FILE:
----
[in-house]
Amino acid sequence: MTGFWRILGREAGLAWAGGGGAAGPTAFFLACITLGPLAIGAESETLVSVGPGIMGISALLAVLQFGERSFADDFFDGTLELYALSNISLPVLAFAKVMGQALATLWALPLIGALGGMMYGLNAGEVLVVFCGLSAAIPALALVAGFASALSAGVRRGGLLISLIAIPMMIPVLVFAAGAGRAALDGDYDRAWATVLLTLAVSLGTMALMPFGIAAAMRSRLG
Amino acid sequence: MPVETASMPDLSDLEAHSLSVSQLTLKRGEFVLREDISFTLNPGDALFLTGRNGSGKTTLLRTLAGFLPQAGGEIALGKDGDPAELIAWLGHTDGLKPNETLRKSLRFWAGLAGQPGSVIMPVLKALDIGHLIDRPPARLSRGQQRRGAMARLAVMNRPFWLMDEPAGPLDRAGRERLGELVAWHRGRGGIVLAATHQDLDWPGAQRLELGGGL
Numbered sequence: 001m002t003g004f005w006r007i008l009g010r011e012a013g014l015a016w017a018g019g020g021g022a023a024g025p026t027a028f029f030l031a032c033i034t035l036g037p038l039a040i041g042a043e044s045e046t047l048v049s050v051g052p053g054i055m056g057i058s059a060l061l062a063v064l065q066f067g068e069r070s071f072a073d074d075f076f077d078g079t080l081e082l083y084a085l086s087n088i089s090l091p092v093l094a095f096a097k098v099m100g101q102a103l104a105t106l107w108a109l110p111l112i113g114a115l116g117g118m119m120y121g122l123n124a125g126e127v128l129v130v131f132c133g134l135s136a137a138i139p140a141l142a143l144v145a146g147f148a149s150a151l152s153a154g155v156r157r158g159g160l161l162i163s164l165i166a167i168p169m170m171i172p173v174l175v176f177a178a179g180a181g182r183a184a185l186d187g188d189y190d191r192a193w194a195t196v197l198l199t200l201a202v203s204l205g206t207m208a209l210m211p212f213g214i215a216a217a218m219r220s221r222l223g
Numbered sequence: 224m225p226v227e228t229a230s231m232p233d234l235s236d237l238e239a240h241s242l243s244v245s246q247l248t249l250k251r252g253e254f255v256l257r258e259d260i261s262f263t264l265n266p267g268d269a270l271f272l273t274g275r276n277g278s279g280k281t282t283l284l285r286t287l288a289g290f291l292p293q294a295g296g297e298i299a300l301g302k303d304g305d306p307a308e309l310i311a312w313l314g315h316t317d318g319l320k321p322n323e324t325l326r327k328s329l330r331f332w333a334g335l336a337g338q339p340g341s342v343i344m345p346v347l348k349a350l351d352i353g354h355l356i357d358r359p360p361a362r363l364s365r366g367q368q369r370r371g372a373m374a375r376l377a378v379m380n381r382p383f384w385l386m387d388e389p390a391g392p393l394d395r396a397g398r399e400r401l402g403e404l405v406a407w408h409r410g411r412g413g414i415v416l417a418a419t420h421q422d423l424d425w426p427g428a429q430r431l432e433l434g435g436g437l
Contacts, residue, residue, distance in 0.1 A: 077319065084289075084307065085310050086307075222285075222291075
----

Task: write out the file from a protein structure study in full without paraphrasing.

[in-house]
Amino acid sequence: MTGFWRILGREAGLAWAGGGGAAGPTAFFLACITLGPLAIGAESETLVSVGPGIMGISALLAVLQFGERSFADDFFDGTLELYALSNISLPVLAFAKVMGQALATLWALPLIGALGGMMYGLNAGEVLVVFCGLSAAIPALALVAGFASALSAGVRRGGLLISLIAIPMMIPVLVFAAGAGRAALDGDYDRAWATVLLTLAVSLGTMALMPFGIAAAMRSRLG
Amino acid sequence: MPVETASMPDLSDLEAHSLSVSQLTLKRGEFVLREDISFTLNPGDALFLTGRNGSGKTTLLRTLAGFLPQAGGEIALGKDGDPAELIAWLGHTDGLKPNETLRKSLRFWAGLAGQPGSVIMPVLKALDIGHLIDRPPARLSRGQQRRGAMARLAVMNRPFWLMDEPAGPLDRAGRERLGELVAWHRGRGGIVLAATHQDLDWPGAQRLELGGGL
Numbered sequence: 001m002t003g004f005w006r007i008l009g010r011e012a013g014l015a016w017a018g019g020g021g022a023a024g025p026t027a028f029f030l031a032c033i034t035l036g037p038l039a040i041g042a043e044s045e046t047l048v049s050v051g052p053g054i055m056g057i058s059a060l061l062a063v064l065q066f067g068e069r070s071f072a073d074d075f076f077d078g079t080l081e082l083y084a085l086s087n088i089s090l091p092v093l094a095f096a097k098v099m100g101q102a103l104a105t106l107w108a109l110p111l112i113g114a115l116g117g118m119m120y121g122l123n124a125g126e127v128l129v130v131f132c133g134l135s136a137a138i139p140a141l142a143l144v145a146g147f148a149s150a151l152s153a154g155v156r157r158g159g160l161l162i163s164l165i166a167i168p169m170m171i172p173v174l175v176f177a178a179g180a181g182r183a184a185l186d187g188d189y190d191r192a193w194a195t196v197l198l199t200l201a202v203s204l205g206t207m208a209l210m211p212f213g214i215a216a217a218m219r220s221r222l223g
Numbered sequence: 224m225p226v227e228t229a230s231m232p233d234l235s236d237l238e239a240h241s242l243s244v245s246q247l248t249l250k251r252g253e254f255v256l257r258e259d260i261s262f263t264l265n266p267g268d269a270l271f272l273t274g275r276n277g278s279g280k281t282t283l284l285r286t287l288a289g290f291l292p293q294a295g296g297e298i299a300l301g302k303d304g305d306p307a308e309l310i311a312w313l314g315h316t317d318g319l320k321p322n323e324t325l326r327k328s329l330r331f332w333a334g335l336a337g338q339p340g341s342v343i344m345p346v347l348k349a350l351d352i353g354h355l356i357d358r359p360p361a362r363l364s365r366g367q368q369r370r371g372a373m374a375r376l377a378v379m380n381r382p383f384w385l386m387d388e389p390a391g392p393l394d395r396a397g398r399e400r401l402g403e404l405v406a407w408h409r410g411r412g413g414i415v416l417a418a419t420h421q422d423l424d425w426p427g428a429q430r431l432e433l434g435g436g437l
Contacts, residue, residue, distance in 0.1 A: 077319065084289075084307065085310050086307075222285075222291075